Of all the coronavirus-related upsets to daily life, school has to be near the top of the list. In-class instruction opens up the door for coronavirus. Online-only means no socialization for the kids. The hybrid model is a little of this and a little of that and creates scheduling nightmares for parents. All-in-all? It is stress-inducing, and CivicScience study highlights that push and pull.

While 35% of parents would prefer to have their children in a classroom full-time right now, only 24% of kids are. Some 38% of parents would prefer online-only for now, while 50% of children are only virtual. And a little more than a quarter of parents want a hybrid model, which essentially matches the amount of kids who are actually doing in-classroom and distance learning.

Moms are more cautious than dads when it comes to schooling right now, with men of children in grades K-12 nearly 32% more likely than women to say kids should be learning in the classroom only.

Of course, school is just one of the issues when it comes to raising children in a pandemic; childcare is also a major issue.

It’s an issue even without the coronavirus, as more than a quarter of Americans say either they, or their partner, has had to stop working at some point in their careers due to the cost of childcare.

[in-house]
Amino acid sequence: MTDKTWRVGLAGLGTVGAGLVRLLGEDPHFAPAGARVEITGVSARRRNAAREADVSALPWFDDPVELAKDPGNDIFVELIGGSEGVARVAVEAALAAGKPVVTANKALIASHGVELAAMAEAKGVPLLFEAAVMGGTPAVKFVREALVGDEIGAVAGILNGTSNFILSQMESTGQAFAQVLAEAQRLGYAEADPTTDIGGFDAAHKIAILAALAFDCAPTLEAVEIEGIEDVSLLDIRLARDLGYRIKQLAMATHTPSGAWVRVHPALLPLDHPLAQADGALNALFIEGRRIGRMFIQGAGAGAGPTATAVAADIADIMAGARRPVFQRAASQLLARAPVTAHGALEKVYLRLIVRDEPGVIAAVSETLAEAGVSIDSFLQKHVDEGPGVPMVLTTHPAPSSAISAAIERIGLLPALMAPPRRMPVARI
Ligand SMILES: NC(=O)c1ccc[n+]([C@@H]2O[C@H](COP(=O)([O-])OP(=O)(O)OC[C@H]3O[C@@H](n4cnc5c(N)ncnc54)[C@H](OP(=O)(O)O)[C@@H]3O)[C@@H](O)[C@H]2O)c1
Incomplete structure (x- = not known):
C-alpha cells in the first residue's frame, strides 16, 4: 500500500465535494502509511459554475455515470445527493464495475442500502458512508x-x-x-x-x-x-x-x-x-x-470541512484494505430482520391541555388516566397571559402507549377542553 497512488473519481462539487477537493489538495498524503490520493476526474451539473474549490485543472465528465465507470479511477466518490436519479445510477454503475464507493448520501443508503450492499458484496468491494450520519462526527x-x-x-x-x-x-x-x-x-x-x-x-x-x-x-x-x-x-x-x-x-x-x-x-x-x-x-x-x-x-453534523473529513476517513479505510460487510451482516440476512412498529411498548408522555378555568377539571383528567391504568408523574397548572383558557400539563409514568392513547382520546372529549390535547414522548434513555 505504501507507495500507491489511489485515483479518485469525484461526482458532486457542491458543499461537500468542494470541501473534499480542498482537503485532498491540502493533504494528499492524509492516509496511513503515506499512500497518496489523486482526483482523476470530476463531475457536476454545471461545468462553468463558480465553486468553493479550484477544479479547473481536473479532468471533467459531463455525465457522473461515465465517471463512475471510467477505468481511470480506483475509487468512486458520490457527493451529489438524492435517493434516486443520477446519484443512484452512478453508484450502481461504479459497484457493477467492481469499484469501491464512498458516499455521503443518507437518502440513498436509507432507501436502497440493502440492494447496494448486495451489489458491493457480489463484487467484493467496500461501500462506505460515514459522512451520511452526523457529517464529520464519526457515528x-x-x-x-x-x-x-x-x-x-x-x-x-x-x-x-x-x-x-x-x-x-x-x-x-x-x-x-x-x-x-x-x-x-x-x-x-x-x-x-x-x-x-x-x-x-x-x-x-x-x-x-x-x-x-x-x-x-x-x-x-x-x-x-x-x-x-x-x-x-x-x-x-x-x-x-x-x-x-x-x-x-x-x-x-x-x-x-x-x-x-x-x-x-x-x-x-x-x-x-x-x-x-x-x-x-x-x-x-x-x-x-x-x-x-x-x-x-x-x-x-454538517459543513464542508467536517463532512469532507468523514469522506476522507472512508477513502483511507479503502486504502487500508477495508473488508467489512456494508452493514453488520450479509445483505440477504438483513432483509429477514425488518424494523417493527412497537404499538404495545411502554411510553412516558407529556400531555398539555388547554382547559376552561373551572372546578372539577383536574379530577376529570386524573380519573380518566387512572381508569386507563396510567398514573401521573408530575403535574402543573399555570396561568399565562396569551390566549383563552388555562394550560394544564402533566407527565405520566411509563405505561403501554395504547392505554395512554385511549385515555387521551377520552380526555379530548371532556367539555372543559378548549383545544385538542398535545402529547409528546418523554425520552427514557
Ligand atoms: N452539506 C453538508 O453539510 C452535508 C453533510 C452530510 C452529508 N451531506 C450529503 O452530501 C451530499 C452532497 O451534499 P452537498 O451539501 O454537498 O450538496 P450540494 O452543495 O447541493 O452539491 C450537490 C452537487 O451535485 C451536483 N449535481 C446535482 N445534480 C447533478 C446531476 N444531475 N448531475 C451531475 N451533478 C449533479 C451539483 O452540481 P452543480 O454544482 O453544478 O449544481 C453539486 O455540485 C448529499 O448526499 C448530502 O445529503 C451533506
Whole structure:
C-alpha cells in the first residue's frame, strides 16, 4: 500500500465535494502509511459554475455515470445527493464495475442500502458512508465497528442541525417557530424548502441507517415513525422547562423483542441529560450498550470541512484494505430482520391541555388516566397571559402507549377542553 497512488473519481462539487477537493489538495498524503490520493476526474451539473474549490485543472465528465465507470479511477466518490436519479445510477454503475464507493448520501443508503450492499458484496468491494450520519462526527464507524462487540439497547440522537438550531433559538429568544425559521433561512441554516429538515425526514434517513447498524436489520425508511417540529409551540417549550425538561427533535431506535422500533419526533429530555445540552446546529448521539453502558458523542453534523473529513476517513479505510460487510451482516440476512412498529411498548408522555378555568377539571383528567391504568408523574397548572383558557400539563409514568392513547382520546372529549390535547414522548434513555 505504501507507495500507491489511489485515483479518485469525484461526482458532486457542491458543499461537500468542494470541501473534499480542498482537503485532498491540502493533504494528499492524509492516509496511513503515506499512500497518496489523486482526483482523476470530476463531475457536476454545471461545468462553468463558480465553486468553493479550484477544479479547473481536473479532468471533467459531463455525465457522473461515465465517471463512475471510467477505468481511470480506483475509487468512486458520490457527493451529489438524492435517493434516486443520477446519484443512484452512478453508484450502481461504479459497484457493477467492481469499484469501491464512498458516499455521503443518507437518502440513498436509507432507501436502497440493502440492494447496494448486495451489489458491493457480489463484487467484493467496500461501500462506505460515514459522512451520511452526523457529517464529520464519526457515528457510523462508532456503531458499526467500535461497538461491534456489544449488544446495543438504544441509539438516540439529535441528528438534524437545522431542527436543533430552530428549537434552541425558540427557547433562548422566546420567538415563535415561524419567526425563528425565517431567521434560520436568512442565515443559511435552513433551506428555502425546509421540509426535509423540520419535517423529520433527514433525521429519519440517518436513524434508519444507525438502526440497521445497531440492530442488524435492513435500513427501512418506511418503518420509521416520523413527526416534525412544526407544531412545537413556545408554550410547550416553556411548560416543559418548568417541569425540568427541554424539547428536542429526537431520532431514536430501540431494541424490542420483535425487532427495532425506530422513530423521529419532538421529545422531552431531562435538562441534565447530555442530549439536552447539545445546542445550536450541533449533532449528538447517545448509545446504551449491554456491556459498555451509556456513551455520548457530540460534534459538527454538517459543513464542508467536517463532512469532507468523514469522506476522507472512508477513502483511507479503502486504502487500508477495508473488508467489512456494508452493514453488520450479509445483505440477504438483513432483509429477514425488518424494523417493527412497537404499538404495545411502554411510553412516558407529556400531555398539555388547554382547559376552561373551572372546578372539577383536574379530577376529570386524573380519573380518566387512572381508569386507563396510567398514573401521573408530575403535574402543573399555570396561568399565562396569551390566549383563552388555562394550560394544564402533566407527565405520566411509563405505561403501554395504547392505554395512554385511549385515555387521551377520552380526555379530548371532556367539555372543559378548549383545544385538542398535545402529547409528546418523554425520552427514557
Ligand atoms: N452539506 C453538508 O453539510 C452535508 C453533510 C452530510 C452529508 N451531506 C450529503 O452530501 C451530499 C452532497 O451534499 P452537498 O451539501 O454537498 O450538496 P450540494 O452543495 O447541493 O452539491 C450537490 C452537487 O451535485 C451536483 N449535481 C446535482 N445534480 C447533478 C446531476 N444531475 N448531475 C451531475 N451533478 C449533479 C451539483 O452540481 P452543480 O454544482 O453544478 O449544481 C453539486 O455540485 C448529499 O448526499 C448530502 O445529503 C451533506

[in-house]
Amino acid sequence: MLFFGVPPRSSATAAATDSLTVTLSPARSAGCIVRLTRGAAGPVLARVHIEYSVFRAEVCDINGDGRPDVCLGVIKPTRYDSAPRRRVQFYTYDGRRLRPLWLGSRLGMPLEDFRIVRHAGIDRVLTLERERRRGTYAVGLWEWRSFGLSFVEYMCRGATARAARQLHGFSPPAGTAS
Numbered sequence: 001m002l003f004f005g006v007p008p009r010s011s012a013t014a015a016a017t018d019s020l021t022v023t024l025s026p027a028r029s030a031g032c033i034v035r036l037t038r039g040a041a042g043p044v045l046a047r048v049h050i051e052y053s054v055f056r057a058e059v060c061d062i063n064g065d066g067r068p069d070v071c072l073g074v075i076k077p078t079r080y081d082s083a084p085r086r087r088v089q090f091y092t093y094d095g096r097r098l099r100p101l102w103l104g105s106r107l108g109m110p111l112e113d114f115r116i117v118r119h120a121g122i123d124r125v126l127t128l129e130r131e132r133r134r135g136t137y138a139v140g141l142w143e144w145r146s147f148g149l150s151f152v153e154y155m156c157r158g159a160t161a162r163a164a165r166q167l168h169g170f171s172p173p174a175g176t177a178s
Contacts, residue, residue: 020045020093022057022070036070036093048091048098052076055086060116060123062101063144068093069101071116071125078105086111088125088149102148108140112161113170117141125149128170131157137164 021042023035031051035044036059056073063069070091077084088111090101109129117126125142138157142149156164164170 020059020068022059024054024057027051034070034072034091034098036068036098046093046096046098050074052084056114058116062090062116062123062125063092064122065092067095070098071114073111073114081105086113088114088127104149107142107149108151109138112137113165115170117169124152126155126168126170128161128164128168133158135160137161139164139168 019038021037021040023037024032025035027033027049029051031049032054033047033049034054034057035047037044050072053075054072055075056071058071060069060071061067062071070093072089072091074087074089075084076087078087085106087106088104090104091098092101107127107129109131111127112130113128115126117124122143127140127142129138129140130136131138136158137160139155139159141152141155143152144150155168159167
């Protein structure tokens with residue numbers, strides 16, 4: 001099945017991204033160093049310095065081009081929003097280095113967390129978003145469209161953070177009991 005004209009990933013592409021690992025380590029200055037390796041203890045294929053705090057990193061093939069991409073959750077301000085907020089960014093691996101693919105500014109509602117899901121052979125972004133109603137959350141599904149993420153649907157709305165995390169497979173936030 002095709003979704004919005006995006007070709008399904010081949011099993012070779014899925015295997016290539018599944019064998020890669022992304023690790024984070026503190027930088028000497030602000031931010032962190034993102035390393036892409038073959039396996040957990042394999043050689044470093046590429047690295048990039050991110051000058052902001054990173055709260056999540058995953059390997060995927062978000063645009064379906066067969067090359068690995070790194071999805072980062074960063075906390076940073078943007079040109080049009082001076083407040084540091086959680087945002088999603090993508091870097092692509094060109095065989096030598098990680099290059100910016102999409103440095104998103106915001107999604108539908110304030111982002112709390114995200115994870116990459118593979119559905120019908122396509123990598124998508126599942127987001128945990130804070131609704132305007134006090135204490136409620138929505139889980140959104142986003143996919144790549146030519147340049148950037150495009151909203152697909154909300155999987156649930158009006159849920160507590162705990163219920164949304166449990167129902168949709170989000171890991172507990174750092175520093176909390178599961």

Predictably, the cost of childcare forcing people out of the workforce is a problem lower-income households have had to deal with, but it’s notable a full 22% of households making over $100,000 a year fell into the same situation.

And right now, nearly 3 in 10 households with kids have a parent staying home. Another 5% have a nanny, and 11% are using aftercare or daycare. But the biggest number is in the “other” category, which includes neighbors, friends, and relatives. It takes a village, indeed. Also notable: The last time CivicScience looked at this data was in October, 2018. The big difference? The “other” category, which was only about 33% two years ago. 

Right now, the coronavirus plays a major role in what the day-to-day looks like for many kids, regardless of parent preferences. We can expect things to change as the pandemic progresses and new factors are introduced to learning and childcare environments.